My boy

In early 2012 when the sonographer announced that we were having a boy (and kept repeating, yup that’s definitely a boy), my bewildered face said it all.  For some silly reason I’d convinced myself it was another girl.  I understood girls.  I wouldn’t say I was disappointed, but was a bit…unsure?

Anyway, I got over it pretty quickly and now I can’t believe I ever paused at the idea of having a son.  Because little boys are little legends!

In many ways mini versions of the guys in our lives (generalisation coming), they are headstrong, tactile, in love with cars, obsessed with their own and the female anatomy and always find humour in their bodily functions.  Boys will be boys.  They’re also sensitive, less manipulative than their female counterparts and unguarded with their love.

At 2.5 years, M embodies all of the above and as his personality emerges, he’s got a cracking sense of humour.  You can regularly find him trying to wind up his sister by undressing her dolls, rocking out and singing along to Motley Crue’s ‘Girls Girls Girls’ (thanks Chris) or acting out his favourite Reeves and Mortimer sketch about a dog named Greg Mitchell that resembles his fav stuffed labrador.  This last one includes shouting out Oh no, mama’s gonna kill me (rather than my wife’s gonna kill me, the punchline in the actual sketch) in the middle of busy public places.  Thankfully social services hasn’t turned up yet.  On the other hand he’s got quite the metrosexual vibe going on, never shying away from a dress up opportunity or chance to use my lip gloss (it’s clear).

I know if we’d had another girl she would be completely different to C but I must admit I’m loving the experience of having a son as well as a daughter.  This is a really fun phase that I find grounding amidst other grown up stresses.  I’m not sure what I’ll do with an adolescent boy in the house one day, but hey, that’s not for awhile yet.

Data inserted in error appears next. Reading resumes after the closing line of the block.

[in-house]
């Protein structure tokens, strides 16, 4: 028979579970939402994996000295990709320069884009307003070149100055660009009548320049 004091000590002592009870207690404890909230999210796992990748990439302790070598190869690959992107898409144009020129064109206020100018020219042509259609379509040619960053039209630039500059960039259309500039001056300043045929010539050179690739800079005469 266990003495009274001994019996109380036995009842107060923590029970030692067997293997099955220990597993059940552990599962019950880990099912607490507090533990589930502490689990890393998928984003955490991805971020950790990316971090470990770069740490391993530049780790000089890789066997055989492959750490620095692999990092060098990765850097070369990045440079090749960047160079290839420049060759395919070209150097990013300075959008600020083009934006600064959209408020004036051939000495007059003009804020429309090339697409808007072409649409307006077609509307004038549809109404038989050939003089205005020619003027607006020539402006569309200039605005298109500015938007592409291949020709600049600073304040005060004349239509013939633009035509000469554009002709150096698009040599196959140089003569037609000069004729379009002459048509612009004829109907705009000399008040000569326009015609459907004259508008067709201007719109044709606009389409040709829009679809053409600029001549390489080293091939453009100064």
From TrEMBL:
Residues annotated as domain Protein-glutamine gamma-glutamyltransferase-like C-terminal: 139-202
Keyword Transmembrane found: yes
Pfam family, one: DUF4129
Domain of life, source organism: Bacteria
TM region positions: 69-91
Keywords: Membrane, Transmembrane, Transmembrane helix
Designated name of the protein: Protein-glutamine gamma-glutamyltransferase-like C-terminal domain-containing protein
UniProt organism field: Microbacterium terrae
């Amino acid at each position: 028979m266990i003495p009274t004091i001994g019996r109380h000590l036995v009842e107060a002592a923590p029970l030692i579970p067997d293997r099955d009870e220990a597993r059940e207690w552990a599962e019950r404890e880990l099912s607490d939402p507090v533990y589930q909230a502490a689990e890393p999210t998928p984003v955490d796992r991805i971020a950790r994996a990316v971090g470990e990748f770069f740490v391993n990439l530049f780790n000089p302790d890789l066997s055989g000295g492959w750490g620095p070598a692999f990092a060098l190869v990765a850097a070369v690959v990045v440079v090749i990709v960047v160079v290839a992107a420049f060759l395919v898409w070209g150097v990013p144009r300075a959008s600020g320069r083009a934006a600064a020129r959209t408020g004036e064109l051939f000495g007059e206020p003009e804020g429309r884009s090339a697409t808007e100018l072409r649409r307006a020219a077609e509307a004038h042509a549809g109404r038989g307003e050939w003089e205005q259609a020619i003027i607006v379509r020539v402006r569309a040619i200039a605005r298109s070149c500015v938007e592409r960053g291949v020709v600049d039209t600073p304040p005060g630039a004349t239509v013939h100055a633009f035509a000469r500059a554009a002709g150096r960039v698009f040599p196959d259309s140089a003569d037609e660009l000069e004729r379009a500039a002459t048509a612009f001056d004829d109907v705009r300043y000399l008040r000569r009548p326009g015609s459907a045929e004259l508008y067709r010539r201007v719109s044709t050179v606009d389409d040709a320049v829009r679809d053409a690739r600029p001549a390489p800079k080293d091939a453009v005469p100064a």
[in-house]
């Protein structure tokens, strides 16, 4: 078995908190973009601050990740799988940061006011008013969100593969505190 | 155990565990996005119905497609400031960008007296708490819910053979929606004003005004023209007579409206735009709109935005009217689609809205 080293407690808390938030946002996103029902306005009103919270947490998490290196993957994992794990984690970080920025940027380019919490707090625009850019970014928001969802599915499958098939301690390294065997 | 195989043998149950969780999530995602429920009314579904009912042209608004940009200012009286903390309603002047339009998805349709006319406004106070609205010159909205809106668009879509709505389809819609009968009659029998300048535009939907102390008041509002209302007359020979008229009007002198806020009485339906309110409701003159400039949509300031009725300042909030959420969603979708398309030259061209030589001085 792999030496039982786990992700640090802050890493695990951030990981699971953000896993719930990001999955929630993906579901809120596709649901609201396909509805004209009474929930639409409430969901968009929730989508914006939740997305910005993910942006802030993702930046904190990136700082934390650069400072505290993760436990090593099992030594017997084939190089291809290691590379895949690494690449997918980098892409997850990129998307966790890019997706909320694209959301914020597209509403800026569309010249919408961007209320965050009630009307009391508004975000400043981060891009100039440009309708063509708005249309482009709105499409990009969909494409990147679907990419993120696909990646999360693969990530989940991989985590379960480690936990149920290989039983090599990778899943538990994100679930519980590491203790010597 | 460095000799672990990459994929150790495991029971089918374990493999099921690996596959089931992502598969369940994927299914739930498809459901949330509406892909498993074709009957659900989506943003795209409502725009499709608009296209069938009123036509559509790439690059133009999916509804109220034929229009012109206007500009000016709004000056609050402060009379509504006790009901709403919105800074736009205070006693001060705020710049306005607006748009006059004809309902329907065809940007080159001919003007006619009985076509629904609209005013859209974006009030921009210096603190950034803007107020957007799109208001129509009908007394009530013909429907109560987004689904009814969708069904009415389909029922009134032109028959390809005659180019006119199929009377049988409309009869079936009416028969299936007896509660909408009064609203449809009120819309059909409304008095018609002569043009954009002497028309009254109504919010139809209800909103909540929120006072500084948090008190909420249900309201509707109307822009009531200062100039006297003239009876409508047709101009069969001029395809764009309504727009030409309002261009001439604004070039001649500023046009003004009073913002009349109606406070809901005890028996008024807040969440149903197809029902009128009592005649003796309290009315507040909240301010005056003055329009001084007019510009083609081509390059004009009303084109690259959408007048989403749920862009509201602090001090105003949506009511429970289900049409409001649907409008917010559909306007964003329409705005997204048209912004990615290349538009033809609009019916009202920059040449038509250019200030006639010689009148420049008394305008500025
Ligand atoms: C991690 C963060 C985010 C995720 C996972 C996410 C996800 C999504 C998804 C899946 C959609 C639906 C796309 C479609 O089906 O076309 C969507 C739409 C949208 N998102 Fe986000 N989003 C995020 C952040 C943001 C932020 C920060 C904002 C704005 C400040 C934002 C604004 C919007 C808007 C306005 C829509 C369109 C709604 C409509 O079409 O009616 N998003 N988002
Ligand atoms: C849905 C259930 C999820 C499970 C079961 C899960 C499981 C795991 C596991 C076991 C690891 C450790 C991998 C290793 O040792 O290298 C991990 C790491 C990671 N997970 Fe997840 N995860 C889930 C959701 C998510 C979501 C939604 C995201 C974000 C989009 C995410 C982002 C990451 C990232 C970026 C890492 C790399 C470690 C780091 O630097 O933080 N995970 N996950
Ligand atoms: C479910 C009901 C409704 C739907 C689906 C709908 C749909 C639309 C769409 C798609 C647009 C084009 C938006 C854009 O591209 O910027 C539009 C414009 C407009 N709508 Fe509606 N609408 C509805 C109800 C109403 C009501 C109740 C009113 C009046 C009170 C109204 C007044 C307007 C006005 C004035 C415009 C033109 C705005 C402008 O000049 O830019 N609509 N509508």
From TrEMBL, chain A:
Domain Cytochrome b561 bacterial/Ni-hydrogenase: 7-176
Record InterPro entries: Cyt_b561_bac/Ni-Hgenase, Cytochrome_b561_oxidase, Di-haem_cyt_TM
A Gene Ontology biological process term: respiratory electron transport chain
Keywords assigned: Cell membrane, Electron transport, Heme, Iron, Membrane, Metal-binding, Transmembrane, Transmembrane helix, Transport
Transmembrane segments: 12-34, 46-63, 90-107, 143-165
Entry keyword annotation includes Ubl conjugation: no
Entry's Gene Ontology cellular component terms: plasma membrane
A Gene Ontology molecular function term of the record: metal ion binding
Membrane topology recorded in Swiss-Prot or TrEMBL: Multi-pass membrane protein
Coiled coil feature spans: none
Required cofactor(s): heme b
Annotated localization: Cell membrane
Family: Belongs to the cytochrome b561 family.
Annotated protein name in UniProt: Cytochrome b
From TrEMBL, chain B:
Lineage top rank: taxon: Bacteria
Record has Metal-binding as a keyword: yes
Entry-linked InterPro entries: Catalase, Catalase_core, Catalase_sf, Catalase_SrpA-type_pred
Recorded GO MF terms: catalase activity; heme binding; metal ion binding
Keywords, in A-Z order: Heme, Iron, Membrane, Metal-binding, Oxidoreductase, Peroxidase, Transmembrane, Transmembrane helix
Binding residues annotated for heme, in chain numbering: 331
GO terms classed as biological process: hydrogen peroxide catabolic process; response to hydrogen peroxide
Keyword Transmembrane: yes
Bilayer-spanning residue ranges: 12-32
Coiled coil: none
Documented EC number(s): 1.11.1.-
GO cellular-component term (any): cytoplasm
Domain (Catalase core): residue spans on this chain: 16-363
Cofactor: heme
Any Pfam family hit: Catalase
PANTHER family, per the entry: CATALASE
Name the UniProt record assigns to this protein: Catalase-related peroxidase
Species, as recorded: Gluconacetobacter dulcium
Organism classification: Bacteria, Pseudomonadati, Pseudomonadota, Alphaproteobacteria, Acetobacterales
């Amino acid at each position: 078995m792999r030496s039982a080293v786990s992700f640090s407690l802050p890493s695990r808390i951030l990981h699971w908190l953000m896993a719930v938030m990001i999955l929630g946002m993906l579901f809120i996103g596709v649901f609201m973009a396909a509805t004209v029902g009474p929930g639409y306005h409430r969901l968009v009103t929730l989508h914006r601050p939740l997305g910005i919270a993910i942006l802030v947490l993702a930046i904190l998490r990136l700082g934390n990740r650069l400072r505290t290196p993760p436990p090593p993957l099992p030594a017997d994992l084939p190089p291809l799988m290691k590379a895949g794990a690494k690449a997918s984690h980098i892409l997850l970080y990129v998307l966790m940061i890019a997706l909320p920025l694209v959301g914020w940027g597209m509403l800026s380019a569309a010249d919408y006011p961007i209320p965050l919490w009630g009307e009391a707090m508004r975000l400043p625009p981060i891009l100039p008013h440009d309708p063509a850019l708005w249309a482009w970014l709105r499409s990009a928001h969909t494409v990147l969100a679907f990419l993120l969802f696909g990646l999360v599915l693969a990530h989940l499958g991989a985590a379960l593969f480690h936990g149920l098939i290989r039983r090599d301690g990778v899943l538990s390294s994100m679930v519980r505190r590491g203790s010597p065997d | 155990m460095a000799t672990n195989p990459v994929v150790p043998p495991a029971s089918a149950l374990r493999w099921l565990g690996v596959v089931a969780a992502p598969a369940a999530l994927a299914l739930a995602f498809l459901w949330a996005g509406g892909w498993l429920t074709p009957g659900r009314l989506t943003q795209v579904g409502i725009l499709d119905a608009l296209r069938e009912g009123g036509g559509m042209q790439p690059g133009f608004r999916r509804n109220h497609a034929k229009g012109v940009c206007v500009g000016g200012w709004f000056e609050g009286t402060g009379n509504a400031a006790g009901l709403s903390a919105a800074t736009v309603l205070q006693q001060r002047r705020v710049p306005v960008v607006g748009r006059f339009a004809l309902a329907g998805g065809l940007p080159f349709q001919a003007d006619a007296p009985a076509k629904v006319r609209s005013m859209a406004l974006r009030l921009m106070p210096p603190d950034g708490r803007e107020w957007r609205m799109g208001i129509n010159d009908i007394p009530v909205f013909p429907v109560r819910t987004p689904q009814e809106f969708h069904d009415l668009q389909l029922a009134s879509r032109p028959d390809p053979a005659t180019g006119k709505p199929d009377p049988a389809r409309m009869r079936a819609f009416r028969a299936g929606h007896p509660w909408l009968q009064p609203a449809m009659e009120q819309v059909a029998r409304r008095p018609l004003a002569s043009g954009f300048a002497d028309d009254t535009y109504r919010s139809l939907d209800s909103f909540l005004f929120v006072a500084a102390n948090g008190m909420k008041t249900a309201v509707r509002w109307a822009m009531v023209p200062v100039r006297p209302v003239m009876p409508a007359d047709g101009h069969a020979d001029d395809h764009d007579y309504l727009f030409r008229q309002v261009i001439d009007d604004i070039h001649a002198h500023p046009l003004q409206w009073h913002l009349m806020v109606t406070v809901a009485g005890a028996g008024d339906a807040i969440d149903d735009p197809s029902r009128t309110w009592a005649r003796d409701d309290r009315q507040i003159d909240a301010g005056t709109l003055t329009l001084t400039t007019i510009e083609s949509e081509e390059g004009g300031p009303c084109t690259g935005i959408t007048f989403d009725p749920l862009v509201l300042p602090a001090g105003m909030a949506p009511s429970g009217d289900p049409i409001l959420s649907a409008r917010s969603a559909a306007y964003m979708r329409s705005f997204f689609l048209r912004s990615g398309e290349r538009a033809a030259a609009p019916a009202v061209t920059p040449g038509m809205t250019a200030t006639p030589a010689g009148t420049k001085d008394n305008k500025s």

Men out there- no doubt your mamas will remember you at this brilliant, innocent and explorative stage even if you don’t remember it.  Go give them a hug.


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It was mid July and I was at C’s pre-school graduation.  She sat with her fellow graduates in a semi circle at the front of the room, shoulders hunched and scowling like no tomorrow.  It was the graduation cap.  Apparently she’d taken an instant undeniable dislike to it.  It was only when her teacher told her she could take it off that C radiated a little sunshine.
Maybe it was frustration, or pride for my defiant yet rational little lady who wouldn’t smile for a photo but sensed she was at the edge of a precipice.  Maybe it was the 25+ temperatures, my struggle to keep M quiet and on my lap, my poor attempt to hold my i-phone steady to video the proceedings for Chris who couldn’t be there.  Or maybe it was bloody Take That, and their cheesy music that supported a poignant montage of C and her friends projected for our tender audience.
Whatever it was, or all of the above, broke me a bit emotionally in that moment.  I’m a pretty empathetic person and since the kids I tear up at John Lewis adverts and random stories about cats, but I’m reasonably good at keeping it together in public.  But not that day.  Tears burned my eyes and then spilled down my face while I tried to brush them away and get on with watching/filming the montage with some degree of composure.
That graduation slapped me in the face with the latent realisation that C and M are not really small babies anymore.  Yes, they’ll always be my babies.  And yes, this might seem obvious with a little girl headed for Reception and a little boy who now relishes 30 piece puzzles and talking about my big bottom.  But sometimes in the hubbub of daily life you don’t take stock of these things and when the penny finally drops and you stop, think and feel, it’s like the wind’s been knocked out of you.